We all have been there. Hell. That place in your life that you did not think you could survive without losing something very important to you, like your self-respect and future happiness. Life often throws us unavoidable surprises that we are not ready to catch. It would have been nice if someone had yelled “incoming!” I just learned of the tragic death of young father in an automobile accident. He was young, and left a wife and two young children behind. Loss is just one level of hell. Other levels include poverty, public ridicule, illness, abuse by a loved one, the criminal justice system, and breakup of romantic relationships. Each person has their version of hell but hopefully won’t have to experience it. Many times one person’s hell is another person’s heaven. It is all a matter of perspective.
I have found some guidelines on how to survive a trip to hell and return a new and improved version of you. Each one can be used by itself or in conjunction with the others. I have great compassion for those who are going through such traumatic times that they can’t breathe or sleep. Been there and done that. But if you try these practices, your return from Hell will be easier and quicker.
1. What doesn’t kill us makes us stronger. When we go through trying times, we are exercising parts of our psyche that may be weak or needs strength. Life has brutal ways sometimes of making us stronger. Sometimes even a superficial wound like a broken love affair can make us want to lay down and die. We feel like the future is not worth living. However, as we will see below, many times better and more exciting times are ahead and we have to be strong enough to get there. Winston Churchill once said during the German bombing of London, “when you find yourself in hell, keep walking.” So keep breathing.
2. This too shall pass. Sometimes we have to resolve ourselves to outlive our challenges and problems. No matter how bad things get, remember that the current challenges and difficulties will pass. Everything changes. Use this knowledge to your advantage. The good times pass, the bad times pass, and the really painful and difficult times will also pass.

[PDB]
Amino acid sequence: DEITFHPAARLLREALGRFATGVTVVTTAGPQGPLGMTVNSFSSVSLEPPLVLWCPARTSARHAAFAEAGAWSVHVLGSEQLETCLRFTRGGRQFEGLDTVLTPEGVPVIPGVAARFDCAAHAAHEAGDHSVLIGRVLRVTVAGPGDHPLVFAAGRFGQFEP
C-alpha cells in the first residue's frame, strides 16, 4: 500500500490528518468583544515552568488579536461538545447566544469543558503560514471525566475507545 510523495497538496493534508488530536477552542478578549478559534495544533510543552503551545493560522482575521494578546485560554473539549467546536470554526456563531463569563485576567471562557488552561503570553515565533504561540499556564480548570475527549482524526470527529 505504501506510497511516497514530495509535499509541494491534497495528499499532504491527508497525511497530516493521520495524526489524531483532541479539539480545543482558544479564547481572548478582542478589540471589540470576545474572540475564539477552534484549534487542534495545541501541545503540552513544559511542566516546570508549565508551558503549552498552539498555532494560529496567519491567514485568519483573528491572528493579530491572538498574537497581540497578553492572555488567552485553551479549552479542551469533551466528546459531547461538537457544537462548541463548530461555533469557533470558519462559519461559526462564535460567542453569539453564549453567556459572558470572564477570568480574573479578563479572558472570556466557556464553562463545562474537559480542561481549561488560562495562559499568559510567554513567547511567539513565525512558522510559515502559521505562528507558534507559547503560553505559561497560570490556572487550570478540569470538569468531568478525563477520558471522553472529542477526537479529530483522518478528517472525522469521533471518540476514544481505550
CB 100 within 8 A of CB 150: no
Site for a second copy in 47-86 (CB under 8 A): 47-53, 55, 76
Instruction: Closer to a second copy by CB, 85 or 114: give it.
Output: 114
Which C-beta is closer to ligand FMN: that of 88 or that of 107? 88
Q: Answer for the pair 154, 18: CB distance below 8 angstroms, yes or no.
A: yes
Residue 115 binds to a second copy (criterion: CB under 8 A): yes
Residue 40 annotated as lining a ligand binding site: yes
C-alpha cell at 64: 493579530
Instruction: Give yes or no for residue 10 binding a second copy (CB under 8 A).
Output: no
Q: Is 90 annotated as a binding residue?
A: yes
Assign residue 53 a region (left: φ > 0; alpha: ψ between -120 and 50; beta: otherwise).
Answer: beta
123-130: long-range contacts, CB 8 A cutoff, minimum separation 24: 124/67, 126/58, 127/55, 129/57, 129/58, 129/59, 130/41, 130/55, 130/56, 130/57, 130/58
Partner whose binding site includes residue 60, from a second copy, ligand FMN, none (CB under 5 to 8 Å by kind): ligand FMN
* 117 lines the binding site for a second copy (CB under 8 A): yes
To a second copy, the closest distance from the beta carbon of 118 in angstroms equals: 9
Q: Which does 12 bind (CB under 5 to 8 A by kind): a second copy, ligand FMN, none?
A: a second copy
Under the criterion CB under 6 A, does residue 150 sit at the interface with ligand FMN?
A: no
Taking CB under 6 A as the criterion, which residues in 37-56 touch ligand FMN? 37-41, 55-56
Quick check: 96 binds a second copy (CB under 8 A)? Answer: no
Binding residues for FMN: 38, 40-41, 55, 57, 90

3. You are a survivor. The present may feel like the worst ever, but chances are you have seen worse, or know of someone who has survived worse. If you live in the US, you are better off than most of the world and your survival skill can be pretty good. You’ve survived tough times and challenges, over and over. Remind yourself that you’re an experienced problem solver. And while you’re at it, remind yourself you’re fighter. You overcome, you don’t give up.
4. The worst won’t happen. A familiar saying is “90% of what we worry about doesn’t happen”. While you may feel overwhelmed by life’s twists and turns and the intensity of the current situation, try to take each moment one at a time. When we experience trauma, we immediately go into the future and stress about what we are going to do tomorrow, 6 months from now or years from now. Cancel clear any thoughts about the future while you are stressed. Only make plans or consider the future when you are calm and grounded. If you make decisions about anything while you are stressed and overwhelmed, you will only make your situation worse. Calm down, breathe, and remember that you are stronger than you know and braver than you think.